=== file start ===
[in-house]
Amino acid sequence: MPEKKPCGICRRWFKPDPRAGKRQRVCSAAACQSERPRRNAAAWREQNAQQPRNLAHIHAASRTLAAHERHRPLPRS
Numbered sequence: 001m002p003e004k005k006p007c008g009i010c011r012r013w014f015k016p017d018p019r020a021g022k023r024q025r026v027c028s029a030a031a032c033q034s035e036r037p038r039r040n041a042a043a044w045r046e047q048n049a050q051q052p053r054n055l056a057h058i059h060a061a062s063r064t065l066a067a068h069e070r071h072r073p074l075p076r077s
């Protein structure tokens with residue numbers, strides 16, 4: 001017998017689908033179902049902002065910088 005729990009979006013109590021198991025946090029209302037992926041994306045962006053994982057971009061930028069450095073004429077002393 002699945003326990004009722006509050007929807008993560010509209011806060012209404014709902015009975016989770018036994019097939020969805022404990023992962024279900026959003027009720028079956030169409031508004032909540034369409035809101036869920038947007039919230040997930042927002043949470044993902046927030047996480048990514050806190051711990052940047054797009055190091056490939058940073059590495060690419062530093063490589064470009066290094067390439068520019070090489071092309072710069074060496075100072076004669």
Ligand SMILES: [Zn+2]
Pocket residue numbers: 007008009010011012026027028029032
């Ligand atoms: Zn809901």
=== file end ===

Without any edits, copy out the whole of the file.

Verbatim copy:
[in-house]
Amino acid sequence: MPEKKPCGICRRWFKPDPRAGKRQRVCSAAACQSERPRRNAAAWREQNAQQPRNLAHIHAASRTLAAHERHRPLPRS
Numbered sequence: 001m002p003e004k005k006p007c008g009i010c011r012r013w014f015k016p017d018p019r020a021g022k023r024q025r026v027c028s029a030a031a032c033q034s035e036r037p038r039r040n041a042a043a044w045r046e047q048n049a050q051q052p053r054n055l056a057h058i059h060a061a062s063r064t065l066a067a068h069e070r071h072r073p074l075p076r077s
């Protein structure tokens with residue numbers, strides 16, 4: 001017998017689908033179902049902002065910088 005729990009979006013109590021198991025946090029209302037992926041994306045962006053994982057971009061930028069450095073004429077002393 002699945003326990004009722006509050007929807008993560010509209011806060012209404014709902015009975016989770018036994019097939020969805022404990023992962024279900026959003027009720028079956030169409031508004032909540034369409035809101036869920038947007039919230040997930042927002043949470044993902046927030047996480048990514050806190051711990052940047054797009055190091056490939058940073059590495060690419062530093063490589064470009066290094067390439068520019070090489071092309072710069074060496075100072076004669």
Ligand SMILES: [Zn+2]
Pocket residue numbers: 007008009010011012026027028029032
């Ligand atoms: Zn809901």